Fluvial sediment transport at a large bed shear stress
Thesis DisciplineCivil Engineering
Degree GrantorUniversity of Canterbury
Degree NameDoctor of Philosophy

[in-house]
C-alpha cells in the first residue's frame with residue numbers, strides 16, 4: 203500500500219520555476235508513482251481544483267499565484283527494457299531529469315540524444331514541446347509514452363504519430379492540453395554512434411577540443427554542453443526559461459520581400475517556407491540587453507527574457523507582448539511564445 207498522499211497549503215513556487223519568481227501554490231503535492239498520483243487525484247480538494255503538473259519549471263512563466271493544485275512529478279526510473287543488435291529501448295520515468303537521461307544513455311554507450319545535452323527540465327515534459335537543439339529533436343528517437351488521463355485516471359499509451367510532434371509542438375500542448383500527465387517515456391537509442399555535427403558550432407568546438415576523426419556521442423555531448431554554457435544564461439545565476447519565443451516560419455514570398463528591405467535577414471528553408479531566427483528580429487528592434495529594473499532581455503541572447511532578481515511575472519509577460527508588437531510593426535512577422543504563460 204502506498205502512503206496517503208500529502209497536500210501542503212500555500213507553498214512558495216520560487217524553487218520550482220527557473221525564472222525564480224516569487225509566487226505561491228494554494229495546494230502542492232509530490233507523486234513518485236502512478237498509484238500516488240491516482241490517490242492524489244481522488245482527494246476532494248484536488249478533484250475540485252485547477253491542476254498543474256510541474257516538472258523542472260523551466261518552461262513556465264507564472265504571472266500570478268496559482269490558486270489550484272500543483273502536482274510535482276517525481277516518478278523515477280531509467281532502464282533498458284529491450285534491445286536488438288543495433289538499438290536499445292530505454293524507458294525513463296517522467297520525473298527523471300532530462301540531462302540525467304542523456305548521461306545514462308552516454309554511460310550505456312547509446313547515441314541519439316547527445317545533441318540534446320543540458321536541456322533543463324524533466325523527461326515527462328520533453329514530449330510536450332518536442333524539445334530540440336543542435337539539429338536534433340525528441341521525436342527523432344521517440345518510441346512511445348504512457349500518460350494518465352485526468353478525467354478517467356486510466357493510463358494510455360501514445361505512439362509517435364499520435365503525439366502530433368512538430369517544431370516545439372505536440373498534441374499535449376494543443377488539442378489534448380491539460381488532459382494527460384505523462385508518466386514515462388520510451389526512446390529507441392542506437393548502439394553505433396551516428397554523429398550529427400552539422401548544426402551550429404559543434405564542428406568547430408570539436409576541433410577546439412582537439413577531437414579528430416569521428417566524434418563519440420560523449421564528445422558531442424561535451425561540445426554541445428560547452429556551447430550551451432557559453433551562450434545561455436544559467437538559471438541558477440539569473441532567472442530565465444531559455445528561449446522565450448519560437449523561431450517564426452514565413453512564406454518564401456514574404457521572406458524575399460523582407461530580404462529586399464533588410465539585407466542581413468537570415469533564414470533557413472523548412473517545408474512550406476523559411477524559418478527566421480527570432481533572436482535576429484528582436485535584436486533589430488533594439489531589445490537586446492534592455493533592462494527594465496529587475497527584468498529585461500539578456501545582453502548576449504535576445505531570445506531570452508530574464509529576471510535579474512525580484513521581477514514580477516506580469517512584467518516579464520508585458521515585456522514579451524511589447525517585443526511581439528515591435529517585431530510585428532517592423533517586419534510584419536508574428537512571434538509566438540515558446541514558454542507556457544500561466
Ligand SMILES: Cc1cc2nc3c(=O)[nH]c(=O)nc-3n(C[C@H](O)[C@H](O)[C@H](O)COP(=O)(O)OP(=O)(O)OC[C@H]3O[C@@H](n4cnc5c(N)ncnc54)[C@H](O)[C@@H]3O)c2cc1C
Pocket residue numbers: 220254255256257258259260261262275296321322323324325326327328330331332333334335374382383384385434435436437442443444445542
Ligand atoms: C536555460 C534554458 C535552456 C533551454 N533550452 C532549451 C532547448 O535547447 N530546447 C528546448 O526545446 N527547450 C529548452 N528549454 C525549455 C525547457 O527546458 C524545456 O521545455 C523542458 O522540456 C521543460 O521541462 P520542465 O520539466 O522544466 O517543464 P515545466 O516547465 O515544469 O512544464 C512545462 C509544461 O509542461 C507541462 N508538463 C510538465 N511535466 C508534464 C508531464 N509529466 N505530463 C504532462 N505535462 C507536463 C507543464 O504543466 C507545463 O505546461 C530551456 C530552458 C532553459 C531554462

The mechanics of a layer, many particle diameters thick, of a particle fluid system where the particles are large and exist at high concentrations is examined. Two distinct matters are examined, the first being the development of equations describing the overall characteristics of the system if the "local" equations governing the system at a point are known, and the second being the development of these local equations for large particles. It is shown that, if the local equations describing the dispersive stress - shear stress relationship and the stress - rate of strain relationship are single valued functions of the concentration, then the concentration profile in the bed of an open channel can be obtained by integrating a first order differential equation and the velocity profile obtained by carrying out a further integration. A method of obtaining the local equations is developed using previous results from a theory of a gas of rigid elastic spheres. Using these results and an equation derived from the calculated energy dissipation, local equations are developed. Results obtained theoretically are compared with previous experimental results and also with the results obtained using an open channel with a bed of gravel particles. A significant discrepancy between the results predicted by the theory developed and the results found by experiment was observed at high concentrations.